consists of vitritis - inflammatory cells in the vitreous cavity, sometimes with snowbanking, or deposition of inflammatory material on the pars plana.
Glaucoma Conjunctivitis Macular Degeneration
Retinopathy or retinitis pigmentosa is a general term designating the diseases affecting the retina with loss of vision and often due to systemic disorders.
The two major kinds of retinopathy are hypertensive and diabetic. People with chronic hypertension undergo degenerative retinal changes due to the impairment of the blood supply to the retina. As a result, arteriosclerosis develops, and there are other apparent physical changes due to the vascular damages.
As for diabetic retinopathy, it can be proliferative as well as non-proliferative. Proliferative retinopathy is characterized by the neovascularization of the retina enhancing the chances of vitreous hemorrhage and retinal tears.
Physicians make use of fluorescein angiography to detect the retinopathy, and the treatment is done through the laser coagulation or surgery. Non-proliferative retinopathy is characterized by retinal edema, venous dilation, microaneurysms, hard exudates, and retinal hemorrhages. This is treated with laser coagulation.
Strabismus, also known as "heterotropia", "squint", "crossed eye", "wandering eye", or "wall eyed", is a disorder in which the eyes do not point in the same direction. It typically involves a lack of coordination between the extraocular muscles, which prevents bringing the gaze of each eye to the same point in space, preventing proper binocular vision, which may adversely affect depth perception. The cause of strabismus can be a disorder in one or both of the eyes; for example, nearsightedness or farsightedness, making it impossible for the brain to fuse two different images.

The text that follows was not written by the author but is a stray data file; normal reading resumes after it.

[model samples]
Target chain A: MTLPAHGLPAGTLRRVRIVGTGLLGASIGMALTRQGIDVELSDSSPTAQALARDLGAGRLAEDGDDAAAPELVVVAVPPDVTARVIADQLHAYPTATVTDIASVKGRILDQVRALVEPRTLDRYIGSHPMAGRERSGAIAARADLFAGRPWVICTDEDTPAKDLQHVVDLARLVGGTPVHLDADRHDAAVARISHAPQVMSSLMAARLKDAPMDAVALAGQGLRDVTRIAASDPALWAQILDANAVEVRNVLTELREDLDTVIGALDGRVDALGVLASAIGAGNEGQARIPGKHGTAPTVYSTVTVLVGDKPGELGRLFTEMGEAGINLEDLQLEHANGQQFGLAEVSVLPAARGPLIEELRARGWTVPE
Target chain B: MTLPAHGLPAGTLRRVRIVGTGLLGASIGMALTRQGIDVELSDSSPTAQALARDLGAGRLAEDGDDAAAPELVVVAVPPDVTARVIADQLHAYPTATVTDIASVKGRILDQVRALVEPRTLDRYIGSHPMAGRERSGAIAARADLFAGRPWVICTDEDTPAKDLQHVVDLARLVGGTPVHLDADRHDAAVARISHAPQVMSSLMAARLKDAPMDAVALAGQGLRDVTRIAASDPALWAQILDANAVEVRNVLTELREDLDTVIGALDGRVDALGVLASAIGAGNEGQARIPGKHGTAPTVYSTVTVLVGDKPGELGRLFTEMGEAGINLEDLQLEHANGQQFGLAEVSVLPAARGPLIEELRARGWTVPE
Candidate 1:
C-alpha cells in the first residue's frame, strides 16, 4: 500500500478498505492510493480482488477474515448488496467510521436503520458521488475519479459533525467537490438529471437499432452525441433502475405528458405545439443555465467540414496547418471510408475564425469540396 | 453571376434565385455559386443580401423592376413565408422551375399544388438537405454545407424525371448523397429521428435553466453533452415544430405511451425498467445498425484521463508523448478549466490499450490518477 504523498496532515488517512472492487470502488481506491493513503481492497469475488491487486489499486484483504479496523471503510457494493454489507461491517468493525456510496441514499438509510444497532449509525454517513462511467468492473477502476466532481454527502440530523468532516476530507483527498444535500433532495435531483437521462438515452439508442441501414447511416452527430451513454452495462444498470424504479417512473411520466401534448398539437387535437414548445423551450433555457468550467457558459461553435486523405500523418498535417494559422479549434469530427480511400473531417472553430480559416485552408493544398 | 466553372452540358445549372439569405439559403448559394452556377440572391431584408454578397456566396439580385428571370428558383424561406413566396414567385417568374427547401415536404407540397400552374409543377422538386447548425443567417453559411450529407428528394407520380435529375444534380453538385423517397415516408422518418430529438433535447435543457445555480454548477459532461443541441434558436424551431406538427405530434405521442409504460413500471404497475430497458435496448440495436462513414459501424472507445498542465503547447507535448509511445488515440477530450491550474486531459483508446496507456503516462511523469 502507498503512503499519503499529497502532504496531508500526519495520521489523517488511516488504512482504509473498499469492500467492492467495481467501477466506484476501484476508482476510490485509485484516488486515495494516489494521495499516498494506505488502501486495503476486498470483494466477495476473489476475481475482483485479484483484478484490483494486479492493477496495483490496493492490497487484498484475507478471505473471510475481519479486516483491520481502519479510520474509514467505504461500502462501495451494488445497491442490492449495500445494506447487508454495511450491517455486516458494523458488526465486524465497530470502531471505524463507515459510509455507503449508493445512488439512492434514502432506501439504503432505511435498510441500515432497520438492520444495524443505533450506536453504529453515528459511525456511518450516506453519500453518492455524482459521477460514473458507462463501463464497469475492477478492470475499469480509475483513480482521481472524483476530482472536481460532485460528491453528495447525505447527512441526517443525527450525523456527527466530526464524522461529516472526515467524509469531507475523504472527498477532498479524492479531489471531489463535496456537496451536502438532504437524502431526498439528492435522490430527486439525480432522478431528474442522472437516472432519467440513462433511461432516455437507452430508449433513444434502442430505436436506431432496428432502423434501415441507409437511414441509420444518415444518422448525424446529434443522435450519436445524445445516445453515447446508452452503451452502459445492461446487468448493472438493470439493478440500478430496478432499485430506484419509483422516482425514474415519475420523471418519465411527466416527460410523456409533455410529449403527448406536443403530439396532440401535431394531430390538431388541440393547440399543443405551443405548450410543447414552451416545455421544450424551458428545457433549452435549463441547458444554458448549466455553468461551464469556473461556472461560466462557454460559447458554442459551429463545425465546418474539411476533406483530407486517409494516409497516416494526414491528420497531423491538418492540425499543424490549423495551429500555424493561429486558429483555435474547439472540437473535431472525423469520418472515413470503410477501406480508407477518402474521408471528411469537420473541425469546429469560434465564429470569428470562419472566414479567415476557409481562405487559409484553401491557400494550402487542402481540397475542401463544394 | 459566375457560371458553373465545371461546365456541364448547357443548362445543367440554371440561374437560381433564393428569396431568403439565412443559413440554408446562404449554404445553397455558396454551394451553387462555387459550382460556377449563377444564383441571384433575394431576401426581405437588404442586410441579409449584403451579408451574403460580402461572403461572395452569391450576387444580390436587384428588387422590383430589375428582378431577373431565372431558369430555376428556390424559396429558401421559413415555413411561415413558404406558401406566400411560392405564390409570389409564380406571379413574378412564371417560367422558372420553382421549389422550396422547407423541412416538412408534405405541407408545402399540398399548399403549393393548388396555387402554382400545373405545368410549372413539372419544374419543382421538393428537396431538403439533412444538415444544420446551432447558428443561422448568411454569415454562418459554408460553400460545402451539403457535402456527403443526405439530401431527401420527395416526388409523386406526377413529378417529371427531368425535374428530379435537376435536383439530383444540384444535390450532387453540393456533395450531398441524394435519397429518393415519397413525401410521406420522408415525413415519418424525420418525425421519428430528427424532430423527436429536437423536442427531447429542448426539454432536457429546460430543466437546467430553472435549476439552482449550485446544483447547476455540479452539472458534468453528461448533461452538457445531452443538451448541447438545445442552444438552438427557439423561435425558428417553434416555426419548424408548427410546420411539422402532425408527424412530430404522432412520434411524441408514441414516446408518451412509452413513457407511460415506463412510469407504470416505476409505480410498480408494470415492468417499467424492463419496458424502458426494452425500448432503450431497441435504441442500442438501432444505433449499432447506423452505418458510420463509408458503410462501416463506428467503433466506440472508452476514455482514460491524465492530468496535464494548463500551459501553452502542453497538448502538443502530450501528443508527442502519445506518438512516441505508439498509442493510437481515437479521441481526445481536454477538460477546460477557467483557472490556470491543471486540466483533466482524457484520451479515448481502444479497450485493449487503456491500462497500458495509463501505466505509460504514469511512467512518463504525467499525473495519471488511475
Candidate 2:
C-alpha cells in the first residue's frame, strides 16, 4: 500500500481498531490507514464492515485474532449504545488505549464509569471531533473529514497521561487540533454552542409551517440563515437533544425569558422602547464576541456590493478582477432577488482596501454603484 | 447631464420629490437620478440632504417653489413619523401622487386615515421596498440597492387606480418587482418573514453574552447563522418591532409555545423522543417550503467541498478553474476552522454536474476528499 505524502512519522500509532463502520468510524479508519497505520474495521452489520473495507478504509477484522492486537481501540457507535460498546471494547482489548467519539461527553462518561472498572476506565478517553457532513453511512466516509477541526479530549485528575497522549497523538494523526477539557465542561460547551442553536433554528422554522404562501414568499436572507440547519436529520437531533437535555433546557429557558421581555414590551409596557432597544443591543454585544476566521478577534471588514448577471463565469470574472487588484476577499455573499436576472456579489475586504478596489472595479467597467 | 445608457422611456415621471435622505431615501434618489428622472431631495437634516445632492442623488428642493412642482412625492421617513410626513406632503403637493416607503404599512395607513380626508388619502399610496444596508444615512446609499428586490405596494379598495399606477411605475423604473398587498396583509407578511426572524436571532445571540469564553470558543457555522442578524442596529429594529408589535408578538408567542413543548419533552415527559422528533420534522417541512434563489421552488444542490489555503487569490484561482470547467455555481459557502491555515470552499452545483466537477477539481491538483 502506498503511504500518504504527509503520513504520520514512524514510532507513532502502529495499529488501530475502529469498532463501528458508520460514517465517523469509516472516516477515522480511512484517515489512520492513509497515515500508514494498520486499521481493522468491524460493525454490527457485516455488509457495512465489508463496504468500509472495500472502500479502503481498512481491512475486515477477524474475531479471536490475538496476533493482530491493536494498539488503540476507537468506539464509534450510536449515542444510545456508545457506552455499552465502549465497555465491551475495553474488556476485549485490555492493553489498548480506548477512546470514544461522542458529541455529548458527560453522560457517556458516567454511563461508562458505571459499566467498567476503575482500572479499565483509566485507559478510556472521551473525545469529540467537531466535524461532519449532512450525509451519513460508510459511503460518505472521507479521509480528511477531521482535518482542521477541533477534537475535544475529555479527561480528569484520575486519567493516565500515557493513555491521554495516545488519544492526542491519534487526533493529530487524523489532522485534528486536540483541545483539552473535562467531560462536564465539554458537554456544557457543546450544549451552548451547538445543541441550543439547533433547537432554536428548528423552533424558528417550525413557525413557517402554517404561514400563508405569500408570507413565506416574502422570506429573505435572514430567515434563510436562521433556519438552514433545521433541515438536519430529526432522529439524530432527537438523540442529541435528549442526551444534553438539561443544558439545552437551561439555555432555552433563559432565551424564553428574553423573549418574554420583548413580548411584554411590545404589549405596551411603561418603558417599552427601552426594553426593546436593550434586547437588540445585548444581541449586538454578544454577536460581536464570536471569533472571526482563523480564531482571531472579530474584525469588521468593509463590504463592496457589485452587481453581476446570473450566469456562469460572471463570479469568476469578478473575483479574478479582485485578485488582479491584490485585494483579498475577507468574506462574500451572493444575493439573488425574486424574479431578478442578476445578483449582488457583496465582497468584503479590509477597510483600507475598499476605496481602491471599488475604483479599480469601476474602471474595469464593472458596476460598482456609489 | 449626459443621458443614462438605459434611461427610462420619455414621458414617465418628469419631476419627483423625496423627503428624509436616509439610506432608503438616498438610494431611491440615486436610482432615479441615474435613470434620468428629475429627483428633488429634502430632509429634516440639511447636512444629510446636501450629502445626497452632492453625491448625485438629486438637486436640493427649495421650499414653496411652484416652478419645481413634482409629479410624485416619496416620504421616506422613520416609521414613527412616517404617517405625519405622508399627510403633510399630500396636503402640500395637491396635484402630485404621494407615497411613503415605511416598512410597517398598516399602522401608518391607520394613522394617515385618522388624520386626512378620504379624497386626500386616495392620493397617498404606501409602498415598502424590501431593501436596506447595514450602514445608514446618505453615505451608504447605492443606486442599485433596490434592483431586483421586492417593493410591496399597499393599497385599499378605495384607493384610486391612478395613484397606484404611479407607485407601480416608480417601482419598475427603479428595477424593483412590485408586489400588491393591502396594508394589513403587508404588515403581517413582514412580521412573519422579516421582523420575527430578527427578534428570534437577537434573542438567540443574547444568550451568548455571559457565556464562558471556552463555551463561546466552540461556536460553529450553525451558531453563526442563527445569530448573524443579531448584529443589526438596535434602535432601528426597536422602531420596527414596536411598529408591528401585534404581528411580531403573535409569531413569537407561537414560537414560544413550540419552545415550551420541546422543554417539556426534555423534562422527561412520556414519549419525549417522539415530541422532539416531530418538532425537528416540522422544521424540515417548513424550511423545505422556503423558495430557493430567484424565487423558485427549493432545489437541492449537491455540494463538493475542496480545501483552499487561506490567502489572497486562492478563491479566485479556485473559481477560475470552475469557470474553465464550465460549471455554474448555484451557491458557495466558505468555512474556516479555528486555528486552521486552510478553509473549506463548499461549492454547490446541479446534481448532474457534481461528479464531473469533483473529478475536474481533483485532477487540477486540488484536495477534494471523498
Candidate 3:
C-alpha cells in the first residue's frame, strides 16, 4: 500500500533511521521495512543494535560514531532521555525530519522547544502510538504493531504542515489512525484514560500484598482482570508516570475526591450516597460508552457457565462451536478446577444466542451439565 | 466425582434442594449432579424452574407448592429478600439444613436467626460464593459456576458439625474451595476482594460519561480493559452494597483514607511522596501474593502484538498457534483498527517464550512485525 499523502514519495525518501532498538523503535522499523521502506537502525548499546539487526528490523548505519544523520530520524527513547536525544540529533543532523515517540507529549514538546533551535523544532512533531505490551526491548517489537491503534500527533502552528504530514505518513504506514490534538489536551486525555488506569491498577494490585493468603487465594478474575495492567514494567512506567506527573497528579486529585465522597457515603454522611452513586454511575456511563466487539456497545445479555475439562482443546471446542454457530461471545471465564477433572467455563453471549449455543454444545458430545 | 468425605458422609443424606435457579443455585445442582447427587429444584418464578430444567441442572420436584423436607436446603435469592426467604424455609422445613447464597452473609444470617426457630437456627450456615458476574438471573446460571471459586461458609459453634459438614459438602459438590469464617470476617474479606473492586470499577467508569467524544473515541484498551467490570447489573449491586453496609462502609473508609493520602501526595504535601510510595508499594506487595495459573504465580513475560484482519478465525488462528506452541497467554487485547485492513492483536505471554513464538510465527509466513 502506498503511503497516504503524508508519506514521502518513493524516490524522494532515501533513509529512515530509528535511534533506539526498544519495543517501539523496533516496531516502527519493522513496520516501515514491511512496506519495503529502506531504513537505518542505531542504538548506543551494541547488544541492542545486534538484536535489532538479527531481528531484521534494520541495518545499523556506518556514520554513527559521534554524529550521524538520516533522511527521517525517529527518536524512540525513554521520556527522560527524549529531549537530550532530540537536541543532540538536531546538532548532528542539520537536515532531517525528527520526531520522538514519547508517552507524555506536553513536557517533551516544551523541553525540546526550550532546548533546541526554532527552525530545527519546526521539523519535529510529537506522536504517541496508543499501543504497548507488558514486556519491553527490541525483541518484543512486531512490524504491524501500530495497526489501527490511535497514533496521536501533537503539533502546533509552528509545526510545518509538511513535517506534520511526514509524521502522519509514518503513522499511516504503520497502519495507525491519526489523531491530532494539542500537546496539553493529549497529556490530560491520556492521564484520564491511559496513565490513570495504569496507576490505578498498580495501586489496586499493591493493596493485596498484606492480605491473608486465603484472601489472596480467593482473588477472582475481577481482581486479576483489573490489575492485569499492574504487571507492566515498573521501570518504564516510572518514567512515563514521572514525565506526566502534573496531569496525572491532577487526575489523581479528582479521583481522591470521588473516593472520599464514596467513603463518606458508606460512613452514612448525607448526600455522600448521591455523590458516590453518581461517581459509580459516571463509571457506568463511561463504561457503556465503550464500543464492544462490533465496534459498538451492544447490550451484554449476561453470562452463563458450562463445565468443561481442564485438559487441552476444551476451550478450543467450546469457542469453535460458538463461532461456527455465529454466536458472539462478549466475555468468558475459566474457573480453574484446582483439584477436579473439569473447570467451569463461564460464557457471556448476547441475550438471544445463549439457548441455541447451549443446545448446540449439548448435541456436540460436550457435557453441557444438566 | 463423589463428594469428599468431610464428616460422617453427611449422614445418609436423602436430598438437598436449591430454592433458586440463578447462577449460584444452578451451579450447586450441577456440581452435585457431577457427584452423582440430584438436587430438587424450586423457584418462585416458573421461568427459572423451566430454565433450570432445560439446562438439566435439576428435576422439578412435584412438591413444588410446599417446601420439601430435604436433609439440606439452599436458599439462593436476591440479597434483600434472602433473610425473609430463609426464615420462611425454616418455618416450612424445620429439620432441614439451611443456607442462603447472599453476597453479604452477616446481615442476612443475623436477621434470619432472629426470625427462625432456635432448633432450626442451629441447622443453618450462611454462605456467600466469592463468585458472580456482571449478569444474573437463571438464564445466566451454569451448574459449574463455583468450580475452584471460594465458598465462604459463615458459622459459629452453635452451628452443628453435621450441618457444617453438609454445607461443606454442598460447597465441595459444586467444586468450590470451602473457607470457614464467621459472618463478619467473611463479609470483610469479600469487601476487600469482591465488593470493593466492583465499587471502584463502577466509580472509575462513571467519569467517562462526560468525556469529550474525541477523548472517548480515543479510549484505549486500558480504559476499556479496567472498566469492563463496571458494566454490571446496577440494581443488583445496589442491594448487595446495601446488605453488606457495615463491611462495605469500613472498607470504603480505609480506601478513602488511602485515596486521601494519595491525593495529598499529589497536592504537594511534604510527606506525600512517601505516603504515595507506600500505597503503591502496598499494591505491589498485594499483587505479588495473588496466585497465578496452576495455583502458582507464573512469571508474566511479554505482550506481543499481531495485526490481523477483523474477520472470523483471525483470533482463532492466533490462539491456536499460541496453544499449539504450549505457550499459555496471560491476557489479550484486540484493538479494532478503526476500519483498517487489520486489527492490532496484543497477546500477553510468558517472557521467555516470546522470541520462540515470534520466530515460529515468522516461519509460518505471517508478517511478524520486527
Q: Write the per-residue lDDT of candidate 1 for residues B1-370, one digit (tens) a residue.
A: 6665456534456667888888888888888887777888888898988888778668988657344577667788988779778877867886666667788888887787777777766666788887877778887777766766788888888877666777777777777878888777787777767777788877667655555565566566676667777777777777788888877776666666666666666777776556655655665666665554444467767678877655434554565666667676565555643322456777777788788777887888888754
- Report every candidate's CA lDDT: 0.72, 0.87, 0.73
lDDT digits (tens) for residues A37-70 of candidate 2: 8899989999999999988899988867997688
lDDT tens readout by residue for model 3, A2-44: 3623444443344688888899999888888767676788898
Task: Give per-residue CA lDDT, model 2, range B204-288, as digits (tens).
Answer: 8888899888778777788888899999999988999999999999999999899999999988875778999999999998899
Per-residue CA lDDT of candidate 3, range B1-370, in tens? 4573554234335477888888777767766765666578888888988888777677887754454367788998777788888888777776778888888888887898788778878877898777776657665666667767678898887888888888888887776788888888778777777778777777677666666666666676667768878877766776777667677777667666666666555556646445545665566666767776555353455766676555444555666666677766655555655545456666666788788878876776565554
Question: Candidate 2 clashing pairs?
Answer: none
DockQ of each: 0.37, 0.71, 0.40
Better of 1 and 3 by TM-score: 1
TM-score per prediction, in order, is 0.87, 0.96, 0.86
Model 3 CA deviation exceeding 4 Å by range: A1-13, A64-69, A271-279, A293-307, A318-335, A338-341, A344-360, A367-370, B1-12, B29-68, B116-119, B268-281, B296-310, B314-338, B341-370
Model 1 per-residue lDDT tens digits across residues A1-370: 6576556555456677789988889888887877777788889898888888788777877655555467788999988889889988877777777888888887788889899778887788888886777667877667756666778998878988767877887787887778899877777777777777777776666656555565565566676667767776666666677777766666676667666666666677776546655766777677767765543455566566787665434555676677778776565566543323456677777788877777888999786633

When strabismus is congenital or develops in infancy, it can cause amblyopia, in which the brain ignores input from the deviated eye although it is capable of normal sight. Since strabismus can cause amblyopia, which is sometimes referred to as lazy eye, it is sometimes itself inaccurately referred to as lazy eye.
Strabismus may be concomitant or incomitant. Concomitant strabismus means that the strabismus is equal regardless of which direction the gaze is targeted. This indicates that the individual extraocular muscles function individually, but that they may simply not be aimed at the same target. Concomitant strabismus in a child under the age of 6 rarely indicates serious neurologic disorder. Blindness in one eye usually causes concomitant strabismus, with the eye of a child turning inward, and that of an adult turning outward.
Incomitant strabismus occurs when the degree of misalignment varies with the direction of gaze. This indicates that one or more of the extraocular muscles may not be functioning normally. Types of strabismus include:
- Esotropia, or one eye turning inward;
- Exotropia, or one eye turning outward;
- Hypertropia, or one eye turning upward.
- Hypotropia, or one eye turning downward.